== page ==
USDA Confirms Eight New VSV-Affected Premises
United States Department of Agriculture (USDA) Animal and Plant Health Inspection Service (APHIS) officials released a Situation Report on Oct. 17 confirming eight new vesicular stomatitis virus (VSV)-affected premises in two states.

Five of the newly confirmed positive premises are in the following Colorado counties:

  • Garfield (2)
  • Larimer (2)
  • Moffat (1)

Moffat is the only newly infected county identified since the last Situation Report on Oct. 10.

The remaining three premises—all new suspect premises—are in Fremont County, Wyoming.

Previously VSV-infected or -suspect premises released from quarantine by the USDA since the last Situation Report include:

  • Colorado (8)
  • Nebraska (6)
  • Wyoming (7)

Thus far in 2019, the USDA has identified VSV-affected premises in Colorado (683), Nebraska (24), New Mexico (76), Oklahoma (1), Texas (171), Utah (22), and Wyoming (147).

All VSV-affected premises have been released from quarantine in Oklahoma, Nebraska, New Mexico, Texas, and Utah.

States with quarantined counties remaining (with names and number of premises) include:

  • Colorado: Garfield, seven; Jefferson, one; Larimer, three; Moffat, one; Morgan, one; San Miguel, two
  • Wyoming: Albany, three; Big Horn, one; Carbon, one; Fremont, eight; Goshen, two; Hot Springs, six; Park, 30; and Platte, six

The agency quarantines confirmed-positive and suspect premises for at least 14 days following the onset of lesions in the animal last affected on the premises,

VS 101

Vesicular stomatitis virus can cause blisters and sores in the mouth and on the tongue, muzzle, teats, or hooves of horses, cattle, swine, sheep, goats, llamas, and a number of other animals. Lesions usually heal in two or three weeks.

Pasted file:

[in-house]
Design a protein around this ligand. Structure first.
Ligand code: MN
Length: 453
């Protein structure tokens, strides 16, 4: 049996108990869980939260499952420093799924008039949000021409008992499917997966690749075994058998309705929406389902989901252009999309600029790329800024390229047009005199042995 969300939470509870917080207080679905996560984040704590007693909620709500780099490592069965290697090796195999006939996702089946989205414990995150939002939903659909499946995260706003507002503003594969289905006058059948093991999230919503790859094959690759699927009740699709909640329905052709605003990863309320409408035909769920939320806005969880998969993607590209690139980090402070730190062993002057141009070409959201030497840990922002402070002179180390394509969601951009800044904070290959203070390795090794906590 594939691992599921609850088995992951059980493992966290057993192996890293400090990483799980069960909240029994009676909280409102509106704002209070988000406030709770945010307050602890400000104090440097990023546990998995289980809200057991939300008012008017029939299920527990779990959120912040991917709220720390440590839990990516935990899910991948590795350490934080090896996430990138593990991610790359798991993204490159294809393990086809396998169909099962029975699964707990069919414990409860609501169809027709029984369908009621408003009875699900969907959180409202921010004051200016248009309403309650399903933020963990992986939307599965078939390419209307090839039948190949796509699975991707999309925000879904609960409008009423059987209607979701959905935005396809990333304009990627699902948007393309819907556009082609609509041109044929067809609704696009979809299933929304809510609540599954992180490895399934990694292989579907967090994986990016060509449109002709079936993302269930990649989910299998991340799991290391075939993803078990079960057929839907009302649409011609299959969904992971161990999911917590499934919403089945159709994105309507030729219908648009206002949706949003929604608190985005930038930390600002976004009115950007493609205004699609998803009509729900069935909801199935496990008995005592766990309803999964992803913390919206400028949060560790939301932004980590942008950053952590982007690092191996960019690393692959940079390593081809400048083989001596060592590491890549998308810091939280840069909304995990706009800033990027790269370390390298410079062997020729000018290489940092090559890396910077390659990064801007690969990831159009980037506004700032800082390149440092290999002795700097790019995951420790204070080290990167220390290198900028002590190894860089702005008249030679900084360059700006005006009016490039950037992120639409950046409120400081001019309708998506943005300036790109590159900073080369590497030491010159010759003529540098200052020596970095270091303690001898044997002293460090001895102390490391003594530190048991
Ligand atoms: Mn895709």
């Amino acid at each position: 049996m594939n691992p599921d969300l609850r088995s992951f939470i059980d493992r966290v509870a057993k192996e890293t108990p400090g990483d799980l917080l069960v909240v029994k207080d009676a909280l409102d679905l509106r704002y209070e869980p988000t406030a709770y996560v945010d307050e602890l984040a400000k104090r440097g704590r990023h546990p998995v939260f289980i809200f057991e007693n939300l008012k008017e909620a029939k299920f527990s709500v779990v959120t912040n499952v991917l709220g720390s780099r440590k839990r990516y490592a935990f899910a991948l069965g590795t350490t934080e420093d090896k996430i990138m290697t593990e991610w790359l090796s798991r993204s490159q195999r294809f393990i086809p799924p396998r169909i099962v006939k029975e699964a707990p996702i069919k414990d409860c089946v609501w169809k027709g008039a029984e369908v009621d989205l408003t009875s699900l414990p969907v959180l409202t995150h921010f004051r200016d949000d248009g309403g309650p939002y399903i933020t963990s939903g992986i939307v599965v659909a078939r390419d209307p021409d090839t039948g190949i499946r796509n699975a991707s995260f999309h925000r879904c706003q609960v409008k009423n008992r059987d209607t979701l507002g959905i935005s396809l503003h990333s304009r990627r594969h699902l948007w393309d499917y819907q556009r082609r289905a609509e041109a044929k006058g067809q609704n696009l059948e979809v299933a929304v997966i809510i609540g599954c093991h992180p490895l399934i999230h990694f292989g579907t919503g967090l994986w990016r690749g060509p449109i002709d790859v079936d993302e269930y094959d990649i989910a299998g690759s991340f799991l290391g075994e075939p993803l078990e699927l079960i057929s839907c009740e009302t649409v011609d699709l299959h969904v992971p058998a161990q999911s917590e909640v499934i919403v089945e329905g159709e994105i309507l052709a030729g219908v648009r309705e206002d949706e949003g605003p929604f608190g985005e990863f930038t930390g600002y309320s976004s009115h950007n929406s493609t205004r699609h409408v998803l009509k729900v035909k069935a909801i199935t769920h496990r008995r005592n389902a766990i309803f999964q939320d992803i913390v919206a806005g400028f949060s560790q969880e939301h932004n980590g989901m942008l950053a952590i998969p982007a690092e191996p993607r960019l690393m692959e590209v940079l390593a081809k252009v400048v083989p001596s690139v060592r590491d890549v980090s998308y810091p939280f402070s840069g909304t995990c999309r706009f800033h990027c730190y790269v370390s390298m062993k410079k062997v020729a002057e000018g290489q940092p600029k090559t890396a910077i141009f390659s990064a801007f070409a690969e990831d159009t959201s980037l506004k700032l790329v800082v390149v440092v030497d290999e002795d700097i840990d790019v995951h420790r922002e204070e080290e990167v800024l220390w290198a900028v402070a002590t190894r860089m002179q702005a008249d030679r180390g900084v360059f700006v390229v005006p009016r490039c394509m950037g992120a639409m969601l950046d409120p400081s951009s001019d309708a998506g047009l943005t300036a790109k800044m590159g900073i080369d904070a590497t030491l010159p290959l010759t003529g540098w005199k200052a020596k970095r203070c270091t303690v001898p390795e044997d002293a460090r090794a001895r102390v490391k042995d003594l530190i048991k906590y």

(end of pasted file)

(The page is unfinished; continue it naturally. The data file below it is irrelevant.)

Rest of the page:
Because of the virus’ contagious nature and its resemblance to other diseases such as foot-and-mouth disease, animal health officials urge livestock owners and caretakers to report these symptoms to their veterinarian immediately. Most animals recover with supportive care by a veterinarian.

“Vesicular stomatitis has been confirmed only in the Western Hemisphere,” APHIS said on its website. “It is known to be an endemic disease in the warmer regions of North, Central, and South America, and outbreaks of the disease in other temperate geographic parts of the hemisphere occur sporadically. The Southwestern and Western United States have experienced a number of vesicular stomatitis outbreaks, (and) the most recent and largest VS outbreak occurred in 2015. Outbreaks usually occur during the warmer months, often along waterways.”

Some states and other countries might restrict movement of, or impose additional requirements for, susceptible animals from states having known VS cases. Before moving livestock, contact the state of destination for its requirements.